- The “Virginia Jihad” Network involved a diverse group of twelve mostly middle-class young men based in Washington, D.C., suburbs, affiliated with an Islamic educational center in Falls Church, Virginia. Several formed a band of paintball buddies that eventually focused on waging violent jihad in Afghanistan, Kashmir, and Chechnya. Seven members of the network traveled to Pakistan in 2000 and 2001 and obtained military training from a Lashkar-e-Taiba (LET), an Al-Qaeda ally that was then waging jihad against Indian forces in Kashmir. Three members subsequently assisted LET in procuring advanced electronic technology for use against India. Federal prosecution resulted in the most convictions by the United States Department of Justice in any single terrorism case to date. Nevertheless, after discussing details with a former federal prosecutor in the case, it was evident that there was little investigation into sociological factors and little, if any, institutional precedent for acquiring information into the social background and personal history of how and why these people go to violence.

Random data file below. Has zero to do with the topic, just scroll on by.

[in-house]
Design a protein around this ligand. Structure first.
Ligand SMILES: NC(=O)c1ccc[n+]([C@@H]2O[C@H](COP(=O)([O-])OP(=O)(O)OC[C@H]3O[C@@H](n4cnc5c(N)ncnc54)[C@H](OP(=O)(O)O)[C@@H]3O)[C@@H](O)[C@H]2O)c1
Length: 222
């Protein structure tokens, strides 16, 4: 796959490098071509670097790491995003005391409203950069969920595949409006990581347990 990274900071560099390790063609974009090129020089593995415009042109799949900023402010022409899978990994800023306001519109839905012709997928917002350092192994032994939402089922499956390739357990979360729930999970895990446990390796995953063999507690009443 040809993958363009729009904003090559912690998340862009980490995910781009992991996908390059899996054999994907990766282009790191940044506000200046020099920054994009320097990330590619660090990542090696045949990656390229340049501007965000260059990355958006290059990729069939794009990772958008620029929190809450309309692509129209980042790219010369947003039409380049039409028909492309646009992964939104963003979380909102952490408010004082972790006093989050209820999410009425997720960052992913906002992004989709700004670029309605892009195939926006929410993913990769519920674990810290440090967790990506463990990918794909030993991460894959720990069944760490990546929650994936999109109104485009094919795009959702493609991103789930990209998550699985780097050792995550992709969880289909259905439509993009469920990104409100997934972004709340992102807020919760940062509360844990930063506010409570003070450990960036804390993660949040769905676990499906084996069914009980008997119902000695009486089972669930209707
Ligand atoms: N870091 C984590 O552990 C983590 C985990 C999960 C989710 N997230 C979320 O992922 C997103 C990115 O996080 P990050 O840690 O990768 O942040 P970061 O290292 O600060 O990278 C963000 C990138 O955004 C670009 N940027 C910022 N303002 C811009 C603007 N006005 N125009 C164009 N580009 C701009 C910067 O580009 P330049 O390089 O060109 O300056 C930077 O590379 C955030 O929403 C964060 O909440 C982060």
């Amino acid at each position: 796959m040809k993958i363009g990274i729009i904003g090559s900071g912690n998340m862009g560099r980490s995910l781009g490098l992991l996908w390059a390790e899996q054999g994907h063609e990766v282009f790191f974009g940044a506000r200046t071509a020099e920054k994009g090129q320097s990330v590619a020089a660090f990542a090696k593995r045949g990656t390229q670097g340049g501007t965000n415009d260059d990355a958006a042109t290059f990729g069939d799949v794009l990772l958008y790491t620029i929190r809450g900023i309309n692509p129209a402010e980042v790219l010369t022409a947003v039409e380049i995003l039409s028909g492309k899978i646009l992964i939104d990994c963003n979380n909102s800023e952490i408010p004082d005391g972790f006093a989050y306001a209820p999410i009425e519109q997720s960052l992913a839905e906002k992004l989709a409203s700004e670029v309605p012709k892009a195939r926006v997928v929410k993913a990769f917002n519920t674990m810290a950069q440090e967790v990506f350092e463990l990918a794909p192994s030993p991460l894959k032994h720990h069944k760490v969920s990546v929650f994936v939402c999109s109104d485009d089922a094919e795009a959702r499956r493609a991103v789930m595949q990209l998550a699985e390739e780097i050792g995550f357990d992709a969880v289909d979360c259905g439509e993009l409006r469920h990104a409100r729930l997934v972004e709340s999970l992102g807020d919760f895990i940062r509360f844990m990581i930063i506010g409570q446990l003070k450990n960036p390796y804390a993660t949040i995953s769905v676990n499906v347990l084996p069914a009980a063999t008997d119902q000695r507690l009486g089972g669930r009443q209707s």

Most current risk management approaches to countering terrorism often assume that adversaries model the world on the basis of rational choices that are commensurable across cultures. From interviews and psychological experiments with terrorists and those who inspire and care for them, we have learned that individuals who join the jihad, especially would-be martyrs (suicide bombers), often seem motivated by non-instrumental values and small-group dynamics that trump rational self-interest. Such “sacred” values comprise the core of cultural morality and social identity. They differ from material or instrumental values by incorporating moral beliefs that drive action in ways dissociated from prospects for success.
Field studies, including surveys designed as experiments rather than simple probes of attitudes, indicate that such values do not generate standard calculations regarding cost and benefit, sensitivity to quantity, tradeoffs across moral categories (e.g., family vs. God), or commensuration between different cultural frames. This means that traditional calculations of how to defeat or deter an enemy—for example, by providing material incentives to defect or threatening retaliation against supporting populations—may not succeed. For negotiators, policy makers and others who must interact with unfamiliar cultures, it is important to understand sacred values in order to know which social transgressions and offers for tradeoffs are likely to remain morally taboo. Planning and acting in ignorance or disregard of different value frameworks may exacerbate conflict, with grievous loss of national treasure and lives.